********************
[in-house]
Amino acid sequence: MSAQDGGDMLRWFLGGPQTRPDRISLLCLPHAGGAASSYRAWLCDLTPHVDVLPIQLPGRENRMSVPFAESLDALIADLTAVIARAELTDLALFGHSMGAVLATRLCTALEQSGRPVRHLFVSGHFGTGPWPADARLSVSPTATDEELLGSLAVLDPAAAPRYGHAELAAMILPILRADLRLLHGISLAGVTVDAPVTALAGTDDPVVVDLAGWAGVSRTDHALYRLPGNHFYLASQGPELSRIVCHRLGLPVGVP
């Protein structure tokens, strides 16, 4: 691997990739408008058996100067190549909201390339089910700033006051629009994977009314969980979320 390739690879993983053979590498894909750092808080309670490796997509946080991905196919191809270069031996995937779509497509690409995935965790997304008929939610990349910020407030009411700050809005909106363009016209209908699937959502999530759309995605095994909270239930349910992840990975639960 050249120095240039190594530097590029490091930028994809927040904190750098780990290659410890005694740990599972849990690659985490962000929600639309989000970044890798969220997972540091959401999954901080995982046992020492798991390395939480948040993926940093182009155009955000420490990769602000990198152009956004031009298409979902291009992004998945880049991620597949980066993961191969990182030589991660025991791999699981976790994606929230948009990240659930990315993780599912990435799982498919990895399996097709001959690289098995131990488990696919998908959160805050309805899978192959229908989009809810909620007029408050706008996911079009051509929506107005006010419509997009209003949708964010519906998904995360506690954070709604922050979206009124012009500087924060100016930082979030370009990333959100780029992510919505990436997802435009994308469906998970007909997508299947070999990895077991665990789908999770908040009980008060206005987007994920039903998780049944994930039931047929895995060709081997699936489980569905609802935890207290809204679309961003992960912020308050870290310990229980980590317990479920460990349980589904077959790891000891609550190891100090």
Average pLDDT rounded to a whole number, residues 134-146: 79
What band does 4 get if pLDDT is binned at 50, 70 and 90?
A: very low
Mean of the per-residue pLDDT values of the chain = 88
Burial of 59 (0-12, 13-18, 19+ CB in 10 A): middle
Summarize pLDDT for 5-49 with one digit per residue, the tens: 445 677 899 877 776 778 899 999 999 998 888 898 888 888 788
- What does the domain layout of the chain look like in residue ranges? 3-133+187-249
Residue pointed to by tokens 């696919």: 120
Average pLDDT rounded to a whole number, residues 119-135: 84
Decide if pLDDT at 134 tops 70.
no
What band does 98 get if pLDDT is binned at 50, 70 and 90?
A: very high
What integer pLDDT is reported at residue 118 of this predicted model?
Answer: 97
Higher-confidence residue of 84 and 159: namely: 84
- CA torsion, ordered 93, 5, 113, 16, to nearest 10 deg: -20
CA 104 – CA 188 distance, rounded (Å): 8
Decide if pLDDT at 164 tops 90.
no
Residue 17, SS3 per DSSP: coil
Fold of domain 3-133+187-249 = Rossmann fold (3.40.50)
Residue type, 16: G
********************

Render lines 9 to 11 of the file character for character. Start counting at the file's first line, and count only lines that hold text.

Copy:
Summarize pLDDT for 5-49 with one digit per residue, the tens: 445 677 899 877 776 778 899 999 999 998 888 898 888 888 788
- What does the domain layout of the chain look like in residue ranges? 3-133+187-249
Residue pointed to by tokens 């696919």: 120